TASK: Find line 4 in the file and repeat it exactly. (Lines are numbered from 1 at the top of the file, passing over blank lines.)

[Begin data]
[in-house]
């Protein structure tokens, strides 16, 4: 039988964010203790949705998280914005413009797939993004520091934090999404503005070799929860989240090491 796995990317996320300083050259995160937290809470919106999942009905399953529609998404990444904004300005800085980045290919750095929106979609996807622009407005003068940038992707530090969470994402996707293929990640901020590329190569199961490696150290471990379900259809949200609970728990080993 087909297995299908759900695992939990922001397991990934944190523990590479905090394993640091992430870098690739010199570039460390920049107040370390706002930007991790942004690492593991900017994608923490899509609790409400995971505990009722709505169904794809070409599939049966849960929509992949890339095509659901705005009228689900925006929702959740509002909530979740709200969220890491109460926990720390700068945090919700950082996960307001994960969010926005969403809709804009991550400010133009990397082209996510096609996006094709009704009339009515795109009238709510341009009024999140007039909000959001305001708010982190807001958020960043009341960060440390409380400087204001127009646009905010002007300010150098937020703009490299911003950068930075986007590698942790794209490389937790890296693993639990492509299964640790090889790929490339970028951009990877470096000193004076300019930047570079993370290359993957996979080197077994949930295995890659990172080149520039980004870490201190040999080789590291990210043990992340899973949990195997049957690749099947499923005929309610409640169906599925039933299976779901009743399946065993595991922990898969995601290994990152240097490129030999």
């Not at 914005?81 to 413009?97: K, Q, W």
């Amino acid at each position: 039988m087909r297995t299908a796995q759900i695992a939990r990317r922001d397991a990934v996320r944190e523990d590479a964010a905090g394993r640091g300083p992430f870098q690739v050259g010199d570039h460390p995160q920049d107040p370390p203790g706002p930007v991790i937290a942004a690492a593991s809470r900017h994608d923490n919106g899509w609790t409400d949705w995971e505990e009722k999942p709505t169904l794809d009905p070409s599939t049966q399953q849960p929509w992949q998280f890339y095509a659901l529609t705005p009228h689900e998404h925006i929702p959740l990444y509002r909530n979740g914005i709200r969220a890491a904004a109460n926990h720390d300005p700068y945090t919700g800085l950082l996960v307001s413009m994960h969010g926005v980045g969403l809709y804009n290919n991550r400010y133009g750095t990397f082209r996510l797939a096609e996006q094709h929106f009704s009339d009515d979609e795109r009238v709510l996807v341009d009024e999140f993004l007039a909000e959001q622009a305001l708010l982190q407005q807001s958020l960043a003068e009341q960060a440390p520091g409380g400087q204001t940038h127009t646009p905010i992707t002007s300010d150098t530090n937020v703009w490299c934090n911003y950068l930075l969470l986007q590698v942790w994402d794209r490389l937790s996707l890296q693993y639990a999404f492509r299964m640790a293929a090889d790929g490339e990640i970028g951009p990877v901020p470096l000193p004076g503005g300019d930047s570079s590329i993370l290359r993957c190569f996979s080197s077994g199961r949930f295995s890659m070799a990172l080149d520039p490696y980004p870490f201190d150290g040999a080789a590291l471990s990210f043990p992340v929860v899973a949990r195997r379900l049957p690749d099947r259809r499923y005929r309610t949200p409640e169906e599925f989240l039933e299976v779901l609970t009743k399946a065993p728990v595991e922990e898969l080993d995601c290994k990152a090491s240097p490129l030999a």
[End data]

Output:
């Amino acid at each position: 039988m087909r297995t299908a796995q759900i695992a939990r990317r922001d397991a990934v996320r944190e523990d590479a964010a905090g394993r640091g300083p992430f870098q690739v050259g010199d570039h460390p995160q920049d107040p370390p203790g706002p930007v991790i937290a942004a690492a593991s809470r900017h994608d923490n919106g899509w609790t409400d949705w995971e505990e009722k999942p709505t169904l794809d009905p070409s599939t049966q399953q849960p929509w992949q998280f890339y095509a659901l529609t705005p009228h689900e998404h925006i929702p959740l990444y509002r909530n979740g914005i709200r969220a890491a904004a109460n926990h720390d300005p700068y945090t919700g800085l950082l996960v307001s413009m994960h969010g926005v980045g969403l809709y804009n290919n991550r400010y133009g750095t990397f082209r996510l797939a096609e996006q094709h929106f009704s009339d009515d979609e795109r009238v709510l996807v341009d009024e999140f993004l007039a909000e959001q622009a305001l708010l982190q407005q807001s958020l960043a003068e009341q960060a440390p520091g409380g400087q204001t940038h127009t646009p905010i992707t002007s300010d150098t530090n937020v703009w490299c934090n911003y950068l930075l969470l986007q590698v942790w994402d794209r490389l937790s996707l890296q693993y639990a999404f492509r299964m640790a293929a090889d790929g490339e990640i970028g951009p990877v901020p470096l000193p004076g503005g300019d930047s570079s590329i993370l290359r993957c190569f996979s080197s077994g199961r949930f295995s890659m070799a990172l080149d520039p490696y980004p870490f201190d150290g040999a080789a590291l471990s990210f043990p992340v929860v899973a949990r195997r379900l049957p690749d099947r259809r499923y005929r309610t949200p409640e169906e599925f989240l039933e299976v779901l609970t009743k399946a065993p728990v595991e922990e898969l080993d995601c290994k990152a090491s240097p490129l030999a």